The Economics of Adapting Fisheries to Climate Change

image of The Economics of Adapting Fisheries to Climate Change

Climate change is becoming more evident and, as it increases, will alter the productivity of fisheries and the distribution of fish stocks. From an economic point of view, the changes will have impacts on fisheries and coastal communities in different ways. These expected changes require adaptable and flexible fisheries and aquaculture management policies and governance frameworks. However, the forms of future climate change and the extent of its impact remain uncertain. Fisheries policy makers therefore need to develop strategies and decision-making models in order to adapt to climate change under such uncertainty while taking into account social and economic consequences. 

While most work on climate change in the fisheries sector has focused on fisheries science, this book highlights the economic and policy aspects of adapting fisheries to climate change. An outcome of the OECD Workshop on the Economics of Adapting Fisheries to Climate Change, held in June 2010, the book outlines the actions that fisheries policy makers must undertake in the face of climate change. These include: strengthening the global governance system; a broader use of rights-based management systems; ecosystem protection; industry transformation through the ending of environmental harmful subsidies and a focus on demand for sustainably caught seafood; and, in particular, using aquaculture as a key part of the response to climate change.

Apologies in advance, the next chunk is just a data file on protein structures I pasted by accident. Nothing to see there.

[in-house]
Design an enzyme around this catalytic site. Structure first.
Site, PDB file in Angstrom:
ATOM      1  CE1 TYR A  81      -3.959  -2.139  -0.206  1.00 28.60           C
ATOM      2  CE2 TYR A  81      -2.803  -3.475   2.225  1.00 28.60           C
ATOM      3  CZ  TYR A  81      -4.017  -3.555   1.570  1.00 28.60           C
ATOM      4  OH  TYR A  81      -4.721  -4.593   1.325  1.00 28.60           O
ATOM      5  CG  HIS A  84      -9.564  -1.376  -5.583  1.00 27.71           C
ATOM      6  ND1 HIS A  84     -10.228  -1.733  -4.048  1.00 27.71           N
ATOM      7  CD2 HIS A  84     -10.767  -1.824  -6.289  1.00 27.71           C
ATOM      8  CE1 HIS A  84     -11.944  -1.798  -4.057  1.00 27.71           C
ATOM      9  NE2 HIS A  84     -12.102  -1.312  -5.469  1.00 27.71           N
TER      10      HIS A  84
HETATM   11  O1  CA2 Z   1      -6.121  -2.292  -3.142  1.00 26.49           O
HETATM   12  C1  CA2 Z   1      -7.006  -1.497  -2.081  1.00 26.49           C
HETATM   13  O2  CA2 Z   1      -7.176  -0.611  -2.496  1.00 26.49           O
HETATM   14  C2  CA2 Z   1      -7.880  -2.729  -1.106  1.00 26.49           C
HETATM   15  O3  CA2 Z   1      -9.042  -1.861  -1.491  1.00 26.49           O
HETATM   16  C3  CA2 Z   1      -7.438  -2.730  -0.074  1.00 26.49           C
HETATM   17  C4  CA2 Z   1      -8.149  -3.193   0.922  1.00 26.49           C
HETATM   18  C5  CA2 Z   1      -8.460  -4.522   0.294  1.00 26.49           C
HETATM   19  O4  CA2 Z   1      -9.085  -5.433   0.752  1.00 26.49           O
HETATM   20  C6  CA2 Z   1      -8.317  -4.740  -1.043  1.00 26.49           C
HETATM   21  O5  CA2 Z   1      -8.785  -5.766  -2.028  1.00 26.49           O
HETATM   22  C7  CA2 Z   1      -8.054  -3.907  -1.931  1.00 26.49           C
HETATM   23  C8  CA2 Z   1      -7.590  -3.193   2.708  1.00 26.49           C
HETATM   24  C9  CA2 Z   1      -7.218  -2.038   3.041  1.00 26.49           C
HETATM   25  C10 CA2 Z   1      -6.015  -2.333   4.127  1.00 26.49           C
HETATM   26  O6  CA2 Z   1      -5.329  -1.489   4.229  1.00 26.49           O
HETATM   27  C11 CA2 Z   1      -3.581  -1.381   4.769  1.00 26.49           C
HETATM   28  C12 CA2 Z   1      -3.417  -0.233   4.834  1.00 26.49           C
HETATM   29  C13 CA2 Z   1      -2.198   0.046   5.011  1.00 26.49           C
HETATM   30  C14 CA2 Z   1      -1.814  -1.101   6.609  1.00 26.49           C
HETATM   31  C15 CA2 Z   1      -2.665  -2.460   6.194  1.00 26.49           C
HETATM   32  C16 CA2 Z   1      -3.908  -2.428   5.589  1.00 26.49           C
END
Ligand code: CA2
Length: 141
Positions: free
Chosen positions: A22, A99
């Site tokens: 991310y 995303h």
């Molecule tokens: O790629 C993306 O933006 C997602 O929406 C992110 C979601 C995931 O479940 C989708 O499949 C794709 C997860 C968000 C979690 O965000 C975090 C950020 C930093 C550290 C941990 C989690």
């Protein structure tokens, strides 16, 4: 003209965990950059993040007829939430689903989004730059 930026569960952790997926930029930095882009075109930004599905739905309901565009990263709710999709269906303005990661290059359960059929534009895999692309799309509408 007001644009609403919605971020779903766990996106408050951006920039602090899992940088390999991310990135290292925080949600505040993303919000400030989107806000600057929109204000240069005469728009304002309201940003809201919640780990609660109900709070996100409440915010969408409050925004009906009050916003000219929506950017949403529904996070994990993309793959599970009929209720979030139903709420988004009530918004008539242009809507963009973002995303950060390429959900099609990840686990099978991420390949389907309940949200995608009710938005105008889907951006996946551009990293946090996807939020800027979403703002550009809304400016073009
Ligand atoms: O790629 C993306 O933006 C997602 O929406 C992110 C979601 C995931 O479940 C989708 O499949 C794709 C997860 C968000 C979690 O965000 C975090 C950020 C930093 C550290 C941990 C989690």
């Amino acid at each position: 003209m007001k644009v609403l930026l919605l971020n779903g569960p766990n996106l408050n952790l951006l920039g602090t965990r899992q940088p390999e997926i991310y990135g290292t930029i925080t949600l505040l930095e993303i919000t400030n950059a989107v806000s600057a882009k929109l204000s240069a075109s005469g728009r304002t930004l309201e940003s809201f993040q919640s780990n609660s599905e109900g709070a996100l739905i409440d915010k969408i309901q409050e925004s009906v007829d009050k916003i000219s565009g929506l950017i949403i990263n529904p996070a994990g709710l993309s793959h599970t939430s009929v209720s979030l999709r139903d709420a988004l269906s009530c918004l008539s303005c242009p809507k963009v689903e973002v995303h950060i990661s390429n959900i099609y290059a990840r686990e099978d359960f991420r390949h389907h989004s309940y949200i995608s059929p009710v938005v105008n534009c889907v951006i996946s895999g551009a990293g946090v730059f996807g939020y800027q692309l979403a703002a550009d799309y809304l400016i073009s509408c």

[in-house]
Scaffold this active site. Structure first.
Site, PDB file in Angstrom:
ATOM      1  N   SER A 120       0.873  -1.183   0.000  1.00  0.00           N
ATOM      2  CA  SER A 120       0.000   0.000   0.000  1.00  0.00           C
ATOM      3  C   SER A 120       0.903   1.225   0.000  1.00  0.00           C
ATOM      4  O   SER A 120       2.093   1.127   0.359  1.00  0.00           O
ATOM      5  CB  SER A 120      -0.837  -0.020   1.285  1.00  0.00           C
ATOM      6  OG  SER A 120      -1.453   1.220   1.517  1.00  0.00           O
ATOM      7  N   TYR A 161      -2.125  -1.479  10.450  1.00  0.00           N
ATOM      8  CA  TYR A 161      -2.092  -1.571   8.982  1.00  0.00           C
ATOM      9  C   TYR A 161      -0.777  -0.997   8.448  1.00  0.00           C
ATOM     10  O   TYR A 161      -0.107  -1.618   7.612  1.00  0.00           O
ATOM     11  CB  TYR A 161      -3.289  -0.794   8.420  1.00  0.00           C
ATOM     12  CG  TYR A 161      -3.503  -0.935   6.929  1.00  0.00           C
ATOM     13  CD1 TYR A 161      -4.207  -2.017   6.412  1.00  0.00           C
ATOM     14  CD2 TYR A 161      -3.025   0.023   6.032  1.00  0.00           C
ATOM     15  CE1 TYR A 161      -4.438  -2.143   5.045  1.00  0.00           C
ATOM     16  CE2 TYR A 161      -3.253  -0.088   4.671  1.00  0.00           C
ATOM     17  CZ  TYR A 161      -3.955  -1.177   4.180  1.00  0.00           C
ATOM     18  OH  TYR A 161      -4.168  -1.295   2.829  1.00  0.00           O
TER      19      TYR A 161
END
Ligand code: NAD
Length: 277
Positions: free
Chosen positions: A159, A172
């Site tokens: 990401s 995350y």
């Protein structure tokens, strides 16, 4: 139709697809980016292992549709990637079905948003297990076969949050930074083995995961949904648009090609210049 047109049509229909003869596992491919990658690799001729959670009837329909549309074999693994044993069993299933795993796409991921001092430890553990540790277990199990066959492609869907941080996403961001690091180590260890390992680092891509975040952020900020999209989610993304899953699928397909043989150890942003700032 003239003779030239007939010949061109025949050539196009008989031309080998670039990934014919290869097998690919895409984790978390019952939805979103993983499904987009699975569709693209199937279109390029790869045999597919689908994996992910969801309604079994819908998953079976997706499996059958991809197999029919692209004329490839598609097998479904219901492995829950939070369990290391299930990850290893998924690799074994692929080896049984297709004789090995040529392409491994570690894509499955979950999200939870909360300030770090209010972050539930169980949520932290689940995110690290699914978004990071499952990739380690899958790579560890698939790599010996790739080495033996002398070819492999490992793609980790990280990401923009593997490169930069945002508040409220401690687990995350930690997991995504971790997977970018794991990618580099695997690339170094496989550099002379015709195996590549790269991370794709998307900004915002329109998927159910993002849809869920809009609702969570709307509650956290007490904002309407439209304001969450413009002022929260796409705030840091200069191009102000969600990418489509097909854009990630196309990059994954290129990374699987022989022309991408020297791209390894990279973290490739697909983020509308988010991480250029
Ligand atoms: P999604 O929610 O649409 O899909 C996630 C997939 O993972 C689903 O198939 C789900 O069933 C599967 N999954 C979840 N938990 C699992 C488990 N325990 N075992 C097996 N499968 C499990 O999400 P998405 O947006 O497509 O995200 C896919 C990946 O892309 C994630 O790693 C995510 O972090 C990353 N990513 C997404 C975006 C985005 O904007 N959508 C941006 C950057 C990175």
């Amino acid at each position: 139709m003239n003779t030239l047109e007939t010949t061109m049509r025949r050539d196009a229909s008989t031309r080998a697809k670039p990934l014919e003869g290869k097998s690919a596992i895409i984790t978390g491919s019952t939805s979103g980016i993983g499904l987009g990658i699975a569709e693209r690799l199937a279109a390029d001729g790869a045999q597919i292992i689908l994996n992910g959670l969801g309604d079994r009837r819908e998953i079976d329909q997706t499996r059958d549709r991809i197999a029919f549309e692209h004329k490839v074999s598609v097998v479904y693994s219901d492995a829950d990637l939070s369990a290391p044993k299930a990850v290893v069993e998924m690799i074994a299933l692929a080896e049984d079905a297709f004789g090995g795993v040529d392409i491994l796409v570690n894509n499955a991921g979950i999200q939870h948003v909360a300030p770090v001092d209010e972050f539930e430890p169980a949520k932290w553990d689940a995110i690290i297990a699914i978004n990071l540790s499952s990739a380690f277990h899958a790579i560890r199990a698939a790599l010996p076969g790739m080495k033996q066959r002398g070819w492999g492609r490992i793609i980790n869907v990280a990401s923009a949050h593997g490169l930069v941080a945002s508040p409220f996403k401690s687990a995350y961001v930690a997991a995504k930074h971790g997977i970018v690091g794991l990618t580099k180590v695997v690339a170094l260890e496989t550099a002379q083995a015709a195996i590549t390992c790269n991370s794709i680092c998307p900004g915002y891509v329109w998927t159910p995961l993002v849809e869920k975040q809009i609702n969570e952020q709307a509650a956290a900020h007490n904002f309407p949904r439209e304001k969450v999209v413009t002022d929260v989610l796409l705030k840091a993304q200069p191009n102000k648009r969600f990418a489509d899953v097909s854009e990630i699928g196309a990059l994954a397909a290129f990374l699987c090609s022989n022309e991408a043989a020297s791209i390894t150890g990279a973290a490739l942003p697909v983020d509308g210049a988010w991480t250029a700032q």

Chair's Summary

Recent scientific findings, including the 2007 Intergovernmental Panel on Climate Change report (IPCC, 2007) indicate that the global effects of climate change are becoming more evident. Climate change is likely to influence fisheries and aquaculture production in various ways. For capture fisheries, climate change affects fish productivity and distribution through changes in recruitment, growth rates and mortality rates, as well as in the migratory patterns of some stocks. From an economic point of view, these changes will result in losers and winners, between regions or countries as well as within national jurisdictions. With respect to aquaculture production, climate change may necessitate changes in the species composition farmed in some areas depending on tolerability of the species to temperature and other changes. Other possible impacts of climate change on aquaculture include changes in feed composition and supply as well as changes in the type, scope and extent disease outbreaks in fish farms. For both sectors, relocation of aquaculture production sites, wild harvest landing sites (e.g. ports), and fish processing facilities may be required due to extreme weather events, changing stock distribution and location relative to markets.


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